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Sunday’s Daily Star leads with the forecast of more rain from the Met Office, warning of “flood chaos” over the festive period. The weather experts have told emergency services and councils to prepare for more rain than normal over the coming months, the paper says.

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The Sunday People leads with an interview with a woman who says she was attacked by a serial rapist who had previously been imprisoned in his home country of Romania for two almost identical rapes, the paper says, before he came into Britain.

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The Sunday Times’s top story is on a year-long investigation, carried out with BBC Panorama, which found military commanders have been accused of covering up evidence of British soldiers’ involvement in war crimes in Iraq and Afghanistan. The Ministry of Defence said extensive investigations into allegations had been carried out, and no decision had been taken to prosecute any of the cases. Meanwhile, the paper has seen a leak of the parliamentary report into Russian interference, which found meddling by Russia may have had an impact on the Brexit referendum but the effect was “unquantifiable”.

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New Micro 3D Printing Technology Wins Prestigious NZ Engineering Award

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Long-time Slashdot reader ClarkMills quotes New Zealand’s Innovation Agency:

New 3D printing technology creating highly detailed objects, smaller than a strand of human hair, has won the 2019 ENVI Engineering Innovation Award (Engineering New Zealand Awards). Micromaker3D, powered by breakthrough Laminated Resin Printing (LRP), makes it easy and more accessible to create detailed submillimetre structures for applications such as sensors, wearables, point-of-care diagnostics, micro-robotics or aerospace components…. LRP enables the printing of submillimetre structures with complex geometries of up to 100 per cent density, in extraordinary low-layer thicknesses and with imaging speeds as quick as one second per layer independent of complexity or density…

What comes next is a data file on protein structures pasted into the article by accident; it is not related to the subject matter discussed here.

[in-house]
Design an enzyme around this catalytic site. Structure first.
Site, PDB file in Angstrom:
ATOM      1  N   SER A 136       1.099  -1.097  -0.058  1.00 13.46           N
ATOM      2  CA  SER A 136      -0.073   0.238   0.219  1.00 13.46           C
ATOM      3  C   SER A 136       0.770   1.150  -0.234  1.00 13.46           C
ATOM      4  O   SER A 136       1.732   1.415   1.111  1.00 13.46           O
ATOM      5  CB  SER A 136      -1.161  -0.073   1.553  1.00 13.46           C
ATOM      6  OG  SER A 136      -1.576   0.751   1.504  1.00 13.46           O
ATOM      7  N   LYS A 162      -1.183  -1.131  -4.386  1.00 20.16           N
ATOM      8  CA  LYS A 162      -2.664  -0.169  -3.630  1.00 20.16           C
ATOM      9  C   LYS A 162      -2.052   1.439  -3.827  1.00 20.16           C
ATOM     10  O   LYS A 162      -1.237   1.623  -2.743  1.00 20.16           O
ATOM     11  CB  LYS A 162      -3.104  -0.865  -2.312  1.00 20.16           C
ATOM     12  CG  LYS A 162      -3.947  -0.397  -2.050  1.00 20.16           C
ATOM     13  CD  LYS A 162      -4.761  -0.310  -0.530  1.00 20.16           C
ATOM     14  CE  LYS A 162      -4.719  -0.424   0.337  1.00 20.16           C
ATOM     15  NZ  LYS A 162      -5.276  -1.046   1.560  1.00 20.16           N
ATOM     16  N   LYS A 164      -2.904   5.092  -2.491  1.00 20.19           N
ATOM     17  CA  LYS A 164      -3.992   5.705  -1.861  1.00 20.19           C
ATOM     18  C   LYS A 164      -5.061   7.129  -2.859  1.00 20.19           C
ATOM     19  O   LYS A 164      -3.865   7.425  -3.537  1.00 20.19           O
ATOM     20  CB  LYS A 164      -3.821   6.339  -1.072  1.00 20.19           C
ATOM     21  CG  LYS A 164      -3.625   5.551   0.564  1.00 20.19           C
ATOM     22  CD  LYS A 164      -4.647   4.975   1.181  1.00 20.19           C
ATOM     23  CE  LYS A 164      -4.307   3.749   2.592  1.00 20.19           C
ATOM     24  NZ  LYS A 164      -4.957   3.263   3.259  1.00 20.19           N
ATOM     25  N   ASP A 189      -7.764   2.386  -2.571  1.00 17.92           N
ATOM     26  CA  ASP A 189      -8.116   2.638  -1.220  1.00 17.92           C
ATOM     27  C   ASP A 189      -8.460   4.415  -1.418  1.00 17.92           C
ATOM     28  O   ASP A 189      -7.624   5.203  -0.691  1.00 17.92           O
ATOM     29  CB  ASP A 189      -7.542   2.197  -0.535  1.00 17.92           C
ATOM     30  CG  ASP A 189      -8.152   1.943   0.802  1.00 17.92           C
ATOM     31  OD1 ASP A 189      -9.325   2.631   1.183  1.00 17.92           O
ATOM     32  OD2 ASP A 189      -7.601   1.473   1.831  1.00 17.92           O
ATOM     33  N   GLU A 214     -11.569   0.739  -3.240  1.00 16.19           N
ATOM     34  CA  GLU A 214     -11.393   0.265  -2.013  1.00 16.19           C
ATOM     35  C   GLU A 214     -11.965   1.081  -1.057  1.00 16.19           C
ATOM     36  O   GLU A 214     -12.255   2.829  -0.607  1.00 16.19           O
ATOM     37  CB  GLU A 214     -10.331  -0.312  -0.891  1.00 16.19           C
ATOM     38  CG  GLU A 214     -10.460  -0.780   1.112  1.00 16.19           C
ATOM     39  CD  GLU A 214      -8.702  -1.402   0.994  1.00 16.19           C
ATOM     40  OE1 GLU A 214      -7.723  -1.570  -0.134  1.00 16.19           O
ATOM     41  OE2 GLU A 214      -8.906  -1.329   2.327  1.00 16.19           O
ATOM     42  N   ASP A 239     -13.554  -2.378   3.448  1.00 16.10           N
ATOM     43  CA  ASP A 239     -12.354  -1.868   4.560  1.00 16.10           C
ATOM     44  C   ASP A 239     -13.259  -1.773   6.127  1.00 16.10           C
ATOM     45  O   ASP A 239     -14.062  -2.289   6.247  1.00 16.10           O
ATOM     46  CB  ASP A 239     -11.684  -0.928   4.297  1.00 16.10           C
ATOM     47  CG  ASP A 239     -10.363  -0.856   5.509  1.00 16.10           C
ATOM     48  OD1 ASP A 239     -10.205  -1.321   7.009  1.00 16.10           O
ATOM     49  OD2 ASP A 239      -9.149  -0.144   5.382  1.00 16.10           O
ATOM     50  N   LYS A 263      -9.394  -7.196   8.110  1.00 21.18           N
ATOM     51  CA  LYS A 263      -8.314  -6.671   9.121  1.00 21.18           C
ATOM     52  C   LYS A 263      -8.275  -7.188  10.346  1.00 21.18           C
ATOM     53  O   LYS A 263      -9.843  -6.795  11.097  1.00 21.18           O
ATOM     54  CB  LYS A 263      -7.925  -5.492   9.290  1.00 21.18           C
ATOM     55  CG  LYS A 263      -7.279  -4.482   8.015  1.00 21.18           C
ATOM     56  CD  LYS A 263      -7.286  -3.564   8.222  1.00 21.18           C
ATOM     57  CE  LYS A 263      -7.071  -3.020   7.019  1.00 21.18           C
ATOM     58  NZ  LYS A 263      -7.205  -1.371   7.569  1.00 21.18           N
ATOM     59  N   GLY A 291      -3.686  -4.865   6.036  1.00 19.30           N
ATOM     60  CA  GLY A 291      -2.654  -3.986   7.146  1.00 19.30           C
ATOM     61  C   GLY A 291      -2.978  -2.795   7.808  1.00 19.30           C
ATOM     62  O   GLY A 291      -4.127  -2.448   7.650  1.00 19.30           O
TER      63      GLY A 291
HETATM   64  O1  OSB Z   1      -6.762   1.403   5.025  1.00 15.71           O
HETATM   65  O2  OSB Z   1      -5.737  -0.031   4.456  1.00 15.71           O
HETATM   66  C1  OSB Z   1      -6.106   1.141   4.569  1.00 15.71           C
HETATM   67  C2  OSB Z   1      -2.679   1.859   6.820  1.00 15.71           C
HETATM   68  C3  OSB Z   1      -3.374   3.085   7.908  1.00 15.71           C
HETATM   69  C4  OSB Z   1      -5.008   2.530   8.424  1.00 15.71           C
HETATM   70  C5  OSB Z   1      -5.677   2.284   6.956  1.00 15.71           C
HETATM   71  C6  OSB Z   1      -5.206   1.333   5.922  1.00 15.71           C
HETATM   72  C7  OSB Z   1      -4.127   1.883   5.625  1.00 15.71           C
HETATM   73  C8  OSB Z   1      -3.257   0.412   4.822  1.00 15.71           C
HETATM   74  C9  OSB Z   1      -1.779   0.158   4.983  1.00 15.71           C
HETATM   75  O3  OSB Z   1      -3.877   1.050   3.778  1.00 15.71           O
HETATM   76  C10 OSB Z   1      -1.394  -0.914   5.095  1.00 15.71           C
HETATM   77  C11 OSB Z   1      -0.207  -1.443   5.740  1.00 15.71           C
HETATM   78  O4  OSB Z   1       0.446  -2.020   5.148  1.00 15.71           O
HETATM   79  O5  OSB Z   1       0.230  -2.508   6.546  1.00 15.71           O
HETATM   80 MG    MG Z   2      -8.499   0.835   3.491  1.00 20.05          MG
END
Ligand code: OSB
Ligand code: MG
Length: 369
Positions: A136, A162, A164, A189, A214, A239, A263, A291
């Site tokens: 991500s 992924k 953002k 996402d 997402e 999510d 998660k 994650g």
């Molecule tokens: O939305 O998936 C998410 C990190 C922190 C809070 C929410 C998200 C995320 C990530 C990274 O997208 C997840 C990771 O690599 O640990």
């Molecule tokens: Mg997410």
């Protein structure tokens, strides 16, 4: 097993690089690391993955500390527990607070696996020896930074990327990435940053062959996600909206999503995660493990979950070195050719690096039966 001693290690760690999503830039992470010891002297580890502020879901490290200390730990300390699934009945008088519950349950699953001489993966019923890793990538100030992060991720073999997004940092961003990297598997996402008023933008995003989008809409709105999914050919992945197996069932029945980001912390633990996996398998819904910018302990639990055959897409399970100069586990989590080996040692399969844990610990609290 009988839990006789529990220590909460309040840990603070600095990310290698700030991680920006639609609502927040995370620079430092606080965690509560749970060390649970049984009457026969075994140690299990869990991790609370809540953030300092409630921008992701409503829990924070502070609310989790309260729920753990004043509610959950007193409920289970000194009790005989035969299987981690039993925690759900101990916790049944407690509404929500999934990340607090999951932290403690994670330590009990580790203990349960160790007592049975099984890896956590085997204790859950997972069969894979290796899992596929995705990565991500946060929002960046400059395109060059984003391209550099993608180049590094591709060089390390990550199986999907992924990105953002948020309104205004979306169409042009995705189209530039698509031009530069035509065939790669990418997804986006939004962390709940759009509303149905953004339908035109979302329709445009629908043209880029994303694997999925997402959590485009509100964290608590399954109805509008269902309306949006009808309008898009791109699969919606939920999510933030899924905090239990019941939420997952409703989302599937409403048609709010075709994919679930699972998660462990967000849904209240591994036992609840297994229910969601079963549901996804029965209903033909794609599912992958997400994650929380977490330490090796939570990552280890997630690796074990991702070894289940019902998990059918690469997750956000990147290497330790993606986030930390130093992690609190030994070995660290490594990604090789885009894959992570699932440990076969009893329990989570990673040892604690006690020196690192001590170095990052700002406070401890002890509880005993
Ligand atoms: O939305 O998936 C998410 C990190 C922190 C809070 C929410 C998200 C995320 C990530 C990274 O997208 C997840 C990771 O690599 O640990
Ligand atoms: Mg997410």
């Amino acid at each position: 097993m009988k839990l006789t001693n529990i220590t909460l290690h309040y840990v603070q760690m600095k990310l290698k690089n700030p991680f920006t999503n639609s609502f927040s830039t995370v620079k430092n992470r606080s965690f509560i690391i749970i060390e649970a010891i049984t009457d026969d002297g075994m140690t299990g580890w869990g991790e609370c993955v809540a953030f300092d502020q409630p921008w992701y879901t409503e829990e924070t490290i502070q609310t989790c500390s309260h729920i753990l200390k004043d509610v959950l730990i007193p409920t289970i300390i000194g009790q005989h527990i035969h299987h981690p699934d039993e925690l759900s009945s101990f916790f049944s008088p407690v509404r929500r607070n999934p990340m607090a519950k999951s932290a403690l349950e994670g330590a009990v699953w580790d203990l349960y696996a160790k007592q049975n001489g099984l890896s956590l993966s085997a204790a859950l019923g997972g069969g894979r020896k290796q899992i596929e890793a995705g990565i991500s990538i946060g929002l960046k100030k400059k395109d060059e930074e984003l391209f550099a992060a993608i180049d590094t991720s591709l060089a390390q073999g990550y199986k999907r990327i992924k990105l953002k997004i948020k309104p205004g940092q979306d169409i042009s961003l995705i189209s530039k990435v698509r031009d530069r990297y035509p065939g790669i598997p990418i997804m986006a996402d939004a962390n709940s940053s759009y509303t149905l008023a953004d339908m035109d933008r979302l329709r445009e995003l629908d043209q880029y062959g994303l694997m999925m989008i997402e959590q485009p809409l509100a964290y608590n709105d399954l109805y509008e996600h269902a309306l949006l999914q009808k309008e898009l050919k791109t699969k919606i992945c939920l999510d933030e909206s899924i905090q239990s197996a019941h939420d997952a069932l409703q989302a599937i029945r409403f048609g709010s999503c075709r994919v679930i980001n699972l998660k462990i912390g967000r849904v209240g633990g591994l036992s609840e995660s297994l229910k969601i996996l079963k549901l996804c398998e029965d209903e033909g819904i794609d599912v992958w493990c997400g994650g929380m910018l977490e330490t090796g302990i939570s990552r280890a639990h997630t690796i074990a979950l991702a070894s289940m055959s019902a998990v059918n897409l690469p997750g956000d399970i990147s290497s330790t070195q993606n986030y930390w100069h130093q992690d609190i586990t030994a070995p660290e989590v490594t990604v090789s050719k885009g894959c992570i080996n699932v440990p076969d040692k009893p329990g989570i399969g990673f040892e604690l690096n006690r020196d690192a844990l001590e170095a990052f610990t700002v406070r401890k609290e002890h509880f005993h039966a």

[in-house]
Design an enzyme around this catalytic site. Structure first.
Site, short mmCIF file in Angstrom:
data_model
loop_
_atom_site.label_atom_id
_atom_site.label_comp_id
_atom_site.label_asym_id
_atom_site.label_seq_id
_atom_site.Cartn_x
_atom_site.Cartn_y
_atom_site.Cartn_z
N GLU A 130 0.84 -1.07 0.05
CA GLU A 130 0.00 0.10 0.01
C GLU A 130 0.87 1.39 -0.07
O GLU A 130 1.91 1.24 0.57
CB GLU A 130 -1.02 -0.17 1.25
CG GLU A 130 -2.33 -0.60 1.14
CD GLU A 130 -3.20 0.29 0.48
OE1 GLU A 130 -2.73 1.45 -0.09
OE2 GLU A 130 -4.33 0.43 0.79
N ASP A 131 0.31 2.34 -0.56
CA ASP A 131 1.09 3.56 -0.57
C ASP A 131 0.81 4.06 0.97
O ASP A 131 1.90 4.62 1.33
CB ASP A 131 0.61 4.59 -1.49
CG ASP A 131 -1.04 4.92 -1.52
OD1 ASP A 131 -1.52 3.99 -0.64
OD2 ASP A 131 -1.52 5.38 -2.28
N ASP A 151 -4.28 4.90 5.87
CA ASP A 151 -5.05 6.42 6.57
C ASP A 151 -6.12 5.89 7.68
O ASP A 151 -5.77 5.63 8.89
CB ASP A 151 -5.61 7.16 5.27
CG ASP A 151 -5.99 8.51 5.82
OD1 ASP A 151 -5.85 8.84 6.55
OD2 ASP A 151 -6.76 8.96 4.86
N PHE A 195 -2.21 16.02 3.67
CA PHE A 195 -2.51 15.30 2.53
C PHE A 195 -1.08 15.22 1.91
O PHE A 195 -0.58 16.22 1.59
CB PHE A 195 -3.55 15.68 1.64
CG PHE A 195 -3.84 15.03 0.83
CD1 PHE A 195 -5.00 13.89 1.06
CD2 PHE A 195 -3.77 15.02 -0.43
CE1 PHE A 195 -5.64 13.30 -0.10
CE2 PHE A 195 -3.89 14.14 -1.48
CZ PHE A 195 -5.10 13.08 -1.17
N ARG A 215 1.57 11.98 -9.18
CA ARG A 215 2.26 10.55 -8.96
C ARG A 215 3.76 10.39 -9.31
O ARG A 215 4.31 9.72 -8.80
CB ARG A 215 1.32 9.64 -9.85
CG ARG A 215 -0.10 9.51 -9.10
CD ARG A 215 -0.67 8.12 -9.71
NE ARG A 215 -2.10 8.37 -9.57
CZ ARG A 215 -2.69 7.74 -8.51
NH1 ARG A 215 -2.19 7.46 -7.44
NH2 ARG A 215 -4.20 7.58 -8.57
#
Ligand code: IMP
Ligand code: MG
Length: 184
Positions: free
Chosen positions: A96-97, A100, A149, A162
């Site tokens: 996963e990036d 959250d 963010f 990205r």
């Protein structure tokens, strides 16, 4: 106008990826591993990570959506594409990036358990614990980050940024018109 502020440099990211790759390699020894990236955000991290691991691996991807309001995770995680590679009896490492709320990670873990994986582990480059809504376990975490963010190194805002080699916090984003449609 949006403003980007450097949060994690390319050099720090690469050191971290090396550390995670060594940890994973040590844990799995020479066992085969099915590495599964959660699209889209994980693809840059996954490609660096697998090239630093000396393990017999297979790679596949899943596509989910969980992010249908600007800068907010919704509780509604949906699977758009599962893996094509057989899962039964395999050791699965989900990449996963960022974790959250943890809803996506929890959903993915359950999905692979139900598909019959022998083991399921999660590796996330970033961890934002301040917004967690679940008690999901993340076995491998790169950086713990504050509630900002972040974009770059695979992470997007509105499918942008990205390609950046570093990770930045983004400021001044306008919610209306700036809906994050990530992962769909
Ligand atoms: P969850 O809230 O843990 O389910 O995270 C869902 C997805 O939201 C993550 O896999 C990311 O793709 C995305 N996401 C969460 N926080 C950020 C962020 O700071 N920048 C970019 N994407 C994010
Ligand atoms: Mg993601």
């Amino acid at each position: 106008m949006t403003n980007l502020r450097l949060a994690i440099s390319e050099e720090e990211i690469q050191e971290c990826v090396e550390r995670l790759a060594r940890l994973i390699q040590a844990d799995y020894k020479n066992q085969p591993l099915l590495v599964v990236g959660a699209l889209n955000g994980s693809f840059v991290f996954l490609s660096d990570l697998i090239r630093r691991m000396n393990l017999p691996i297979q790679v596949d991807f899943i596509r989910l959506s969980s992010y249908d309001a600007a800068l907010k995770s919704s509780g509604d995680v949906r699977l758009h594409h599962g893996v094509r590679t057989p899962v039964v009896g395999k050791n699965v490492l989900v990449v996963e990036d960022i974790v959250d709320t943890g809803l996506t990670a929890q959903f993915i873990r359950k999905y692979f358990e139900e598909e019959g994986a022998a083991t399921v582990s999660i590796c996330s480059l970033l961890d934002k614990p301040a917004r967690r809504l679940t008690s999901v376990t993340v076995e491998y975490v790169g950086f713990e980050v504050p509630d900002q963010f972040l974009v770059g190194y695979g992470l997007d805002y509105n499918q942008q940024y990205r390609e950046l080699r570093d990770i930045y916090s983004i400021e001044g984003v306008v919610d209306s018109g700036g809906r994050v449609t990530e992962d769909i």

The judges saw MicroMaker3D as a gamechanger and believe it will spark many other innovations… The ENVI Engineering Innovation Award category is described as: “A breathtakingly clever engineering project or product that has solved an age-old problem or shifted from the ‘always done this way’ mentality….”

Callaghan Innovation is working to take the technology global, from the development and demonstration phase to commercial reality…
Lead engineer Neil Glasson points out that while a human hair is about 100 microns in width, “we’re looking at five-micron resolution.”

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Quantum Computer Made From Photons Achieves New Record

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Slashdot reader hackingbear shared this article from Scientific American:

In the race to create a quantum computer that can outperform a classical one, a method using particles of light (photons) has taken a promising step forward. Jian-Wei Pan and Chao-Yang Lu, both at the University of Science and Technology of China, and their colleagues improved a quantum computing technique called boson sampling to achieve a record 14 detected photons in its final results. Previous experiments were capped at only five detected photons. The increase in the number of the particles is small, but it amounts to a 6.5-billion-fold gain in “state space,” or the number of ways in which a computer system can be configured. The larger the state space, the less likely a classical computer can perform the same calculation.

The result was reported in a paper posted at the preprint server arXiv.org on October 22 and has yet to be peer-reviewed. But if it is confirmed, it would be an important milestone in the race for quantum-computational supremacy — a fuzzy goalpost defined as the point where quantum computers outpace their best classical counterparts…. Pan and Lu argue in their paper that their technique is another possible route toward quantum supremacy… Part of the trouble is its limited utility. “A universal computer can solve any different type of problem,” says Jonathan Dowling, a theoretical physicist at Louisiana State University, who was not involved with the research. “This can only solve one.” But solving just one problem faster than a classical computer would count as a demonstration of quantum-computational supremacy…

Over the past few weeks, the race for quantum computational supremacy has reached a breakneck pace. Google’s quantum computer performed an operation that its scientists claim would take a classical computer 10,000 years in just 200 seconds. IBM researchers, who are also working on a quantum computer, have expressed doubts, suggesting a classical computer could solve that problem in under three days… “Quantum supremacy is like a horse race where you don’t know how fast your horse is, you don’t know how fast anybody else’s horse is, and some of the horses are goats,” Jonathan Dowling, a theoretical physicist at Louisiana State University, says. But this result, he clarifies, is not a goat.